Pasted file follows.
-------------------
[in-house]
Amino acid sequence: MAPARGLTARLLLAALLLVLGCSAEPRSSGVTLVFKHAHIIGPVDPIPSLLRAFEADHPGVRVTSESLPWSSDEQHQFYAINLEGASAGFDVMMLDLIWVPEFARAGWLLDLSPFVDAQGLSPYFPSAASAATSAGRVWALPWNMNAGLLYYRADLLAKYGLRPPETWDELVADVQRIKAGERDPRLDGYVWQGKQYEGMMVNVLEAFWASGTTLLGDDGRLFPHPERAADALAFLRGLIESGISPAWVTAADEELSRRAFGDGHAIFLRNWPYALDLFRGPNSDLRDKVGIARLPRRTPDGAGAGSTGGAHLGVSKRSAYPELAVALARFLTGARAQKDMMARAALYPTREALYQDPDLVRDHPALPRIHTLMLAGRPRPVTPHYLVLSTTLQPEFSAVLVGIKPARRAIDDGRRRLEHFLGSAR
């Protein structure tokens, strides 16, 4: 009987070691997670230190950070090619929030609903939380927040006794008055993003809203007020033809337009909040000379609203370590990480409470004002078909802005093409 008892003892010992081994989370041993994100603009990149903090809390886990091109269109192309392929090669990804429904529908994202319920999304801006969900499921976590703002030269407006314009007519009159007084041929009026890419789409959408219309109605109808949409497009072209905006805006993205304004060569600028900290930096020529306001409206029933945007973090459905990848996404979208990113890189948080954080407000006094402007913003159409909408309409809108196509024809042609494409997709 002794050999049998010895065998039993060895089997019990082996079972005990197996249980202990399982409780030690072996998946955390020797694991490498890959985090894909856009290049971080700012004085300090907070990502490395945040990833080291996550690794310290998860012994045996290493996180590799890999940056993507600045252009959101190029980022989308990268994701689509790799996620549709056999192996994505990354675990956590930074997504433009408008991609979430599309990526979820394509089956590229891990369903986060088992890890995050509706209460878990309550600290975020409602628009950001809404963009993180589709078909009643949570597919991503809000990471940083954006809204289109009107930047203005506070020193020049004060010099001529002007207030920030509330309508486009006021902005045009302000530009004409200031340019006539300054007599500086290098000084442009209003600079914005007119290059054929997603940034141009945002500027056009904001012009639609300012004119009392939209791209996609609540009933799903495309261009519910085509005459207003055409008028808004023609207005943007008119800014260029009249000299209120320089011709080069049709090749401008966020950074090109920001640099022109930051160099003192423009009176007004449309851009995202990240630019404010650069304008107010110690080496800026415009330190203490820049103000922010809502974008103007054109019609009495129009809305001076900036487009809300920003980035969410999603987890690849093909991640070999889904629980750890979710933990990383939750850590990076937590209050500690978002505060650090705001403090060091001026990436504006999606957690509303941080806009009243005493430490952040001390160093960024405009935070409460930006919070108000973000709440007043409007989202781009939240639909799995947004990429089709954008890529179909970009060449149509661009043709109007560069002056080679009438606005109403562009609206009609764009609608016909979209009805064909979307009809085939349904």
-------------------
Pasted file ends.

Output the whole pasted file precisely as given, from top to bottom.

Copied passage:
[in-house]
Amino acid sequence: MAPARGLTARLLLAALLLVLGCSAEPRSSGVTLVFKHAHIIGPVDPIPSLLRAFEADHPGVRVTSESLPWSSDEQHQFYAINLEGASAGFDVMMLDLIWVPEFARAGWLLDLSPFVDAQGLSPYFPSAASAATSAGRVWALPWNMNAGLLYYRADLLAKYGLRPPETWDELVADVQRIKAGERDPRLDGYVWQGKQYEGMMVNVLEAFWASGTTLLGDDGRLFPHPERAADALAFLRGLIESGISPAWVTAADEELSRRAFGDGHAIFLRNWPYALDLFRGPNSDLRDKVGIARLPRRTPDGAGAGSTGGAHLGVSKRSAYPELAVALARFLTGARAQKDMMARAALYPTREALYQDPDLVRDHPALPRIHTLMLAGRPRPVTPHYLVLSTTLQPEFSAVLVGIKPARRAIDDGRRRLEHFLGSAR
């Protein structure tokens, strides 16, 4: 009987070691997670230190950070090619929030609903939380927040006794008055993003809203007020033809337009909040000379609203370590990480409470004002078909802005093409 008892003892010992081994989370041993994100603009990149903090809390886990091109269109192309392929090669990804429904529908994202319920999304801006969900499921976590703002030269407006314009007519009159007084041929009026890419789409959408219309109605109808949409497009072209905006805006993205304004060569600028900290930096020529306001409206029933945007973090459905990848996404979208990113890189948080954080407000006094402007913003159409909408309409809108196509024809042609494409997709 002794050999049998010895065998039993060895089997019990082996079972005990197996249980202990399982409780030690072996998946955390020797694991490498890959985090894909856009290049971080700012004085300090907070990502490395945040990833080291996550690794310290998860012994045996290493996180590799890999940056993507600045252009959101190029980022989308990268994701689509790799996620549709056999192996994505990354675990956590930074997504433009408008991609979430599309990526979820394509089956590229891990369903986060088992890890995050509706209460878990309550600290975020409602628009950001809404963009993180589709078909009643949570597919991503809000990471940083954006809204289109009107930047203005506070020193020049004060010099001529002007207030920030509330309508486009006021902005045009302000530009004409200031340019006539300054007599500086290098000084442009209003600079914005007119290059054929997603940034141009945002500027056009904001012009639609300012004119009392939209791209996609609540009933799903495309261009519910085509005459207003055409008028808004023609207005943007008119800014260029009249000299209120320089011709080069049709090749401008966020950074090109920001640099022109930051160099003192423009009176007004449309851009995202990240630019404010650069304008107010110690080496800026415009330190203490820049103000922010809502974008103007054109019609009495129009809305001076900036487009809300920003980035969410999603987890690849093909991640070999889904629980750890979710933990990383939750850590990076937590209050500690978002505060650090705001403090060091001026990436504006999606957690509303941080806009009243005493430490952040001390160093960024405009935070409460930006919070108000973000709440007043409007989202781009939240639909799995947004990429089709954008890529179909970009060449149509661009043709109007560069002056080679009438606005109403562009609206009609764009609608016909979209009805064909979307009809085939349904």